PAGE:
Integrity Florida: Legislature should push 'full-speed' for ethics reform
Public corruption in the state is on the decline, according to government watchdog Integrity Florida. Still, the group says, there’s still work to be done to hold elected officials accountable.
On Tuesday, Tallahassee-based Integrity Florida outlined a series of proposals for ethics reform. It’s mostly a list of long-shot ideas that have not been seriously considered by the Florida Legislature. But research director Ben Wilcox says they’re essential.
From 2003 to 2013, there were 622 federal convictions for public corruption in Florida, more than any state but Texas and California, according to Integrity Florida. Data from the 10-year period 2000 to 2010 had put Florida at the top of that list.
“That’s a lot of corruption, I don’t care how big Florida is,” Wilcox said. “I don’t think the fact that the numbers have declined means that we need to take our foot off the gas pedal. We need to go after this problem full-speed.”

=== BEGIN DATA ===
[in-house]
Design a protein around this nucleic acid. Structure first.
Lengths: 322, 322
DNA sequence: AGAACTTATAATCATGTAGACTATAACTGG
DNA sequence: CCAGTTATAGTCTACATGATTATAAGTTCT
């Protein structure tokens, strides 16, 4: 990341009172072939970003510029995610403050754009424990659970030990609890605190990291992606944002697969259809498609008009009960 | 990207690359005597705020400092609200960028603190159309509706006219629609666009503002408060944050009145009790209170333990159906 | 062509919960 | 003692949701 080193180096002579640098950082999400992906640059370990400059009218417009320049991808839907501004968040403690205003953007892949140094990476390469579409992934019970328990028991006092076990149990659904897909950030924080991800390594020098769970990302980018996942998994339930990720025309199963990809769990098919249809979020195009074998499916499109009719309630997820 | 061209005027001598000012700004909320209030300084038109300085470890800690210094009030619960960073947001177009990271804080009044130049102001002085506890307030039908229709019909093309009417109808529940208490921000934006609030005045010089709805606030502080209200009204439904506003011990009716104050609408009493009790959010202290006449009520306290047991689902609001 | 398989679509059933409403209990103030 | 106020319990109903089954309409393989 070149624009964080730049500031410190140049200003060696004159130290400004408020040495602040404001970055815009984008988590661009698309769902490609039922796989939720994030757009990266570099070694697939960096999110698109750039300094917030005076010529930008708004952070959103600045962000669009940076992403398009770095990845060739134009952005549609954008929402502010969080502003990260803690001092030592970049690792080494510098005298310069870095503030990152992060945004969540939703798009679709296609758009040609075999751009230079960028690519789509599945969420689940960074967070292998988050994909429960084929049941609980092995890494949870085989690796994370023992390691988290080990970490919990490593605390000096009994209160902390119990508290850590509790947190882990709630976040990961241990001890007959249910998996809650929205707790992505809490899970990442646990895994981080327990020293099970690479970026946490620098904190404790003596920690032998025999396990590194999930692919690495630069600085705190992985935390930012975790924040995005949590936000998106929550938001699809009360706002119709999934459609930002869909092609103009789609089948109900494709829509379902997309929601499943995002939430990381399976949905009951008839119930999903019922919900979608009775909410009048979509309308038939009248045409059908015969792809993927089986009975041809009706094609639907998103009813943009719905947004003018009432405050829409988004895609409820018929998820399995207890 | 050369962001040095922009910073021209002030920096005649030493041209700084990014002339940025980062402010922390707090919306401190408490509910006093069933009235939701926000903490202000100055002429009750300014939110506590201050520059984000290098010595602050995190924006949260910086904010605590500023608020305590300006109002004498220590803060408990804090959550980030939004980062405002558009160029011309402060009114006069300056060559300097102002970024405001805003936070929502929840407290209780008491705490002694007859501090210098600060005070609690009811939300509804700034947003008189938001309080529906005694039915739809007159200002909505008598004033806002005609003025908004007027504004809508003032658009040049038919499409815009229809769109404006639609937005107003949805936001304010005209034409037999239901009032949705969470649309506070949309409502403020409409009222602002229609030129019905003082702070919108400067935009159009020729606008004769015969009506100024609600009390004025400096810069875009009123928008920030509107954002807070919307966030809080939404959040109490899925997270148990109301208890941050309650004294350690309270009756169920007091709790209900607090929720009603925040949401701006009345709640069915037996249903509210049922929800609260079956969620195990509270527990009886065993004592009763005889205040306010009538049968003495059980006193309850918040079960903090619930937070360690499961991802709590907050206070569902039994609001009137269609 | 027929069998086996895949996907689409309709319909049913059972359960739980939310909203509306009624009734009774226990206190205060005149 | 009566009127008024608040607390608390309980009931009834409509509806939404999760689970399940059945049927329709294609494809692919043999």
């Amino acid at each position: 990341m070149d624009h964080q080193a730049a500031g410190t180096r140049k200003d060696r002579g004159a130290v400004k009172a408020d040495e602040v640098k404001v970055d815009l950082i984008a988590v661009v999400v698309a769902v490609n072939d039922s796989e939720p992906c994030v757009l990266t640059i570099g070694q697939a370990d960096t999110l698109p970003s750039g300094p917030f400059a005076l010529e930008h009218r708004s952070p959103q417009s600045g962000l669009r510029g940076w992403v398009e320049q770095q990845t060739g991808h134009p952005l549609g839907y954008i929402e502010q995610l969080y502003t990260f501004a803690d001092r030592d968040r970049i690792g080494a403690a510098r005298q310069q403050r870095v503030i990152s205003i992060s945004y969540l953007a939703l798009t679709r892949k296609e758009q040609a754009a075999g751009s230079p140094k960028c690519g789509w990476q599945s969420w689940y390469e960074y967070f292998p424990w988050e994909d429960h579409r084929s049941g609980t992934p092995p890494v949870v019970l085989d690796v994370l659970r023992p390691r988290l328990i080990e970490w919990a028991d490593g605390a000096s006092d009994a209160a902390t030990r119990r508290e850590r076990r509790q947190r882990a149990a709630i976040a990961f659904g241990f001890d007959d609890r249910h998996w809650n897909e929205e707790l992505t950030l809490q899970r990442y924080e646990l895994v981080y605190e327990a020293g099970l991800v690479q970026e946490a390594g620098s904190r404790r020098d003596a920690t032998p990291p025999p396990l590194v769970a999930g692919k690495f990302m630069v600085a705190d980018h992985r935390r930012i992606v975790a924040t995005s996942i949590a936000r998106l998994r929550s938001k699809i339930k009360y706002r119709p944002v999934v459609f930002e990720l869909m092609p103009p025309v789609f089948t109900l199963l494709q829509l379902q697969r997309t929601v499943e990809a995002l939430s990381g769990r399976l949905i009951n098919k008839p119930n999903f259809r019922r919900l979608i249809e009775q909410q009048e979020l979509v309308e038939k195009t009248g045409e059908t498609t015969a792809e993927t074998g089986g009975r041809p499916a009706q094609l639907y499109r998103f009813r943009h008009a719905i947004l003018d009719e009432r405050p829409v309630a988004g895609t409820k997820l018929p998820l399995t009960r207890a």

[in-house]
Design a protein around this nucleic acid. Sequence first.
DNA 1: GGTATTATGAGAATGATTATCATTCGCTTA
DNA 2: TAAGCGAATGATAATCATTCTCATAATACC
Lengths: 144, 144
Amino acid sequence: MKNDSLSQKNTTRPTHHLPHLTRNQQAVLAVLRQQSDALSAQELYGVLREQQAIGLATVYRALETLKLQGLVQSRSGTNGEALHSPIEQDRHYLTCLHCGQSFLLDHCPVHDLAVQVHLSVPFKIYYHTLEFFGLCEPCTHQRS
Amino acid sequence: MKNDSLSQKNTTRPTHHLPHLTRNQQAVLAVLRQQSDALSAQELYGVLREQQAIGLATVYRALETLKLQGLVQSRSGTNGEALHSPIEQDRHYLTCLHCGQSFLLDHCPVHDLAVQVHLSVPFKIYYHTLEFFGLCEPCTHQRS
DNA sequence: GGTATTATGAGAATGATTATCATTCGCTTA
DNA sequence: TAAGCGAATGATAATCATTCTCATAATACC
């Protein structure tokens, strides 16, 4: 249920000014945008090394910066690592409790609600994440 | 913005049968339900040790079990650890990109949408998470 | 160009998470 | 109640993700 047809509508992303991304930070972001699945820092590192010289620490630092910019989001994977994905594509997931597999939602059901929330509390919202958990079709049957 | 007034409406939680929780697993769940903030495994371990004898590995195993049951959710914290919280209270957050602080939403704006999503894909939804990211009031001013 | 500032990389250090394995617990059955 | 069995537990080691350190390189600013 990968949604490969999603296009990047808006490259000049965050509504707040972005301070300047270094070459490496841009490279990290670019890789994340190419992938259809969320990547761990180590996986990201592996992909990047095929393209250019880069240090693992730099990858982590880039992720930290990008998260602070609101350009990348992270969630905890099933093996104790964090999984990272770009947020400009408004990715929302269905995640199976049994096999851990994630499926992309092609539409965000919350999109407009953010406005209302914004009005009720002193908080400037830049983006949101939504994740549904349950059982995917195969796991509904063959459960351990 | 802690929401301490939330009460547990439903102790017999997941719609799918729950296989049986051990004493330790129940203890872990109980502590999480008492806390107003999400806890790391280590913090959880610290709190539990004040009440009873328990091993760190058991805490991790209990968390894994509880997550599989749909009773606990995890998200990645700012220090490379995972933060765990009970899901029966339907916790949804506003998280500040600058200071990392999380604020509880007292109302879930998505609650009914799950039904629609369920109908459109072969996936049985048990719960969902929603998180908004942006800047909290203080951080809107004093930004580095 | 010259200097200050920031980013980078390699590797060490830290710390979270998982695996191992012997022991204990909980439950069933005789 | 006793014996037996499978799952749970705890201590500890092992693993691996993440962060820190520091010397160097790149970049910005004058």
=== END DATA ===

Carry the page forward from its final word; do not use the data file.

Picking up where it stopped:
The Integrity Florida proposal, co-authored by Wilcox and Alan Stonecipher, endorses two anti-corruption bills championed by Sen. Don Gaetz, R-Niceville, in the upcoming legislative session, which begins Tuesday.
SB 582 would expand bribery and other corruption statutes to government contractors and would change the standard required for certain corruption convictions. SB 686 would do that and make a number of other ethics law changes, including requiring city elected officials to file more expansive financial disclosure forms and banning former members of the Enterprise Florida board from lobbying the board for six years.
But Wilcox and Integrity Florida say more efforts are needed in future years.
They want the Commission on Ethics to initiate their own investigations, rather than having to wait for a complaint from a member of the public or the Department of Law Enforcement. They want to increase the maximum penalties for violating ethics laws from $10,000 to $20,000. And they’d like the burden of proof on ethics violations to be changed so it’s easier for the commission to issue penalties in such cases.
Ethics reform bills can be tough to pass — one attempt in 2015 never made it — but Wilcox says that with persistence, it can be done.
“Ideally, what we would like to see is the Legislature tackle ethics reform every year,” he said.